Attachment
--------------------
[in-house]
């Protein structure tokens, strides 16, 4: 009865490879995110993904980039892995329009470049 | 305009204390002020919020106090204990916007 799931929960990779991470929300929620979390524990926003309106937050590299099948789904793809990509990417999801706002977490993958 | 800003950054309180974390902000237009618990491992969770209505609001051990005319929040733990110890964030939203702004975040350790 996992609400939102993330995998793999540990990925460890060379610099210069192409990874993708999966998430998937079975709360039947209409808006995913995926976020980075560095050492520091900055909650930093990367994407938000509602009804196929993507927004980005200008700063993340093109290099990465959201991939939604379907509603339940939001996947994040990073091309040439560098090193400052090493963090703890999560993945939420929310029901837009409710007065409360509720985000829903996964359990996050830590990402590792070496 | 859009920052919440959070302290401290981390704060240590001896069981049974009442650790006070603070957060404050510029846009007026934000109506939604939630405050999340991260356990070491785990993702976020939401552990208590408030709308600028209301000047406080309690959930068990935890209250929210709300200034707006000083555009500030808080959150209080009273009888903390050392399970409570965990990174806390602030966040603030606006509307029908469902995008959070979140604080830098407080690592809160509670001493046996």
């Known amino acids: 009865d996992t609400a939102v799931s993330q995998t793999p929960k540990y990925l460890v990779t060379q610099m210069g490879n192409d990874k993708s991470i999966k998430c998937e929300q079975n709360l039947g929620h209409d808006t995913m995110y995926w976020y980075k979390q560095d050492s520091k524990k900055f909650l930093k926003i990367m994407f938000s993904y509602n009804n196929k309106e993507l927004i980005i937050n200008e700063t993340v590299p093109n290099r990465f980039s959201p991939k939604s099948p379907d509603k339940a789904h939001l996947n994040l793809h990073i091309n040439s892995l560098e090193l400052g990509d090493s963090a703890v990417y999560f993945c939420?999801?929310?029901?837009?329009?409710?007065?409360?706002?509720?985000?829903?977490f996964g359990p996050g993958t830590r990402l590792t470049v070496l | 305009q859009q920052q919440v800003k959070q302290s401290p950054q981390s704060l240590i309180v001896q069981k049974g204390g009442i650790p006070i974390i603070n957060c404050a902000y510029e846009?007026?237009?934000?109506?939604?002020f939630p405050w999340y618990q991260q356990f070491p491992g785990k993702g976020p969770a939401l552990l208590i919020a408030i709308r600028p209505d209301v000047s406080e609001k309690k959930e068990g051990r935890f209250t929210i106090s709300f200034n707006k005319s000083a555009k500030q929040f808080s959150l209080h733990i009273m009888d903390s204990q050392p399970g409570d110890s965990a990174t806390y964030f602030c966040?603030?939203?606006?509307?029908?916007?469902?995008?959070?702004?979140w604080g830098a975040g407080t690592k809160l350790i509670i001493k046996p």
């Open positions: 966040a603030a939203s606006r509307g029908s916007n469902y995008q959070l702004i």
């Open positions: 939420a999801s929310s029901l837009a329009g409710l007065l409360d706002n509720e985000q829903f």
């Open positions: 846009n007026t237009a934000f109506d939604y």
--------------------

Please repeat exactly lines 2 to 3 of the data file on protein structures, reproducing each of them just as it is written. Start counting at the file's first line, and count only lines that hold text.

């Protein structure tokens, strides 16, 4: 009865490879995110993904980039892995329009470049 | 305009204390002020919020106090204990916007 799931929960990779991470929300929620979390524990926003309106937050590299099948789904793809990509990417999801706002977490993958 | 800003950054309180974390902000237009618990491992969770209505609001051990005319929040733990110890964030939203702004975040350790 996992609400939102993330995998793999540990990925460890060379610099210069192409990874993708999966998430998937079975709360039947209409808006995913995926976020980075560095050492520091900055909650930093990367994407938000509602009804196929993507927004980005200008700063993340093109290099990465959201991939939604379907509603339940939001996947994040990073091309040439560098090193400052090493963090703890999560993945939420929310029901837009409710007065409360509720985000829903996964359990996050830590990402590792070496 | 859009920052919440959070302290401290981390704060240590001896069981049974009442650790006070603070957060404050510029846009007026934000109506939604939630405050999340991260356990070491785990993702976020939401552990208590408030709308600028209301000047406080309690959930068990935890209250929210709300200034707006000083555009500030808080959150209080009273009888903390050392399970409570965990990174806390602030966040603030606006509307029908469902995008959070979140604080830098407080690592809160509670001493046996």
């Known amino acids: 009865d996992t609400a939102v799931s993330q995998t793999p929960k540990y990925l460890v990779t060379q610099m210069g490879n192409d990874k993708s991470i999966k998430c998937e929300q079975n709360l039947g929620h209409d808006t995913m995110y995926w976020y980075k979390q560095d050492s520091k524990k900055f909650l930093k926003i990367m994407f938000s993904y509602n009804n196929k309106e993507l927004i980005i937050n200008e700063t993340v590299p093109n290099r990465f980039s959201p991939k939604s099948p379907d509603k339940a789904h939001l996947n994040l793809h990073i091309n040439s892995l560098e090193l400052g990509d090493s963090a703890v990417y999560f993945c939420?999801?929310?029901?837009?329009?409710?007065?409360?706002?509720?985000?829903?977490f996964g359990p996050g993958t830590r990402l590792t470049v070496l | 305009q859009q920052q919440v800003k959070q302290s401290p950054q981390s704060l240590i309180v001896q069981k049974g204390g009442i650790p006070i974390i603070n957060c404050a902000y510029e846009?007026?237009?934000?109506?939604?002020f939630p405050w999340y618990q991260q356990f070491p491992g785990k993702g976020p969770a939401l552990l208590i919020a408030i709308r600028p209505d209301v000047s406080e609001k309690k959930e068990g051990r935890f209250t929210i106090s709300f200034n707006k005319s000083a555009k500030q929040f808080s959150l209080h733990i009273m009888d903390s204990q050392p399970g409570d110890s965990a990174t806390y964030f602030c966040?603030?939203?606006?509307?029908?916007?469902?995008?959070?702004?979140w604080g830098a975040g407080t690592k809160l350790i509670i001493k046996p």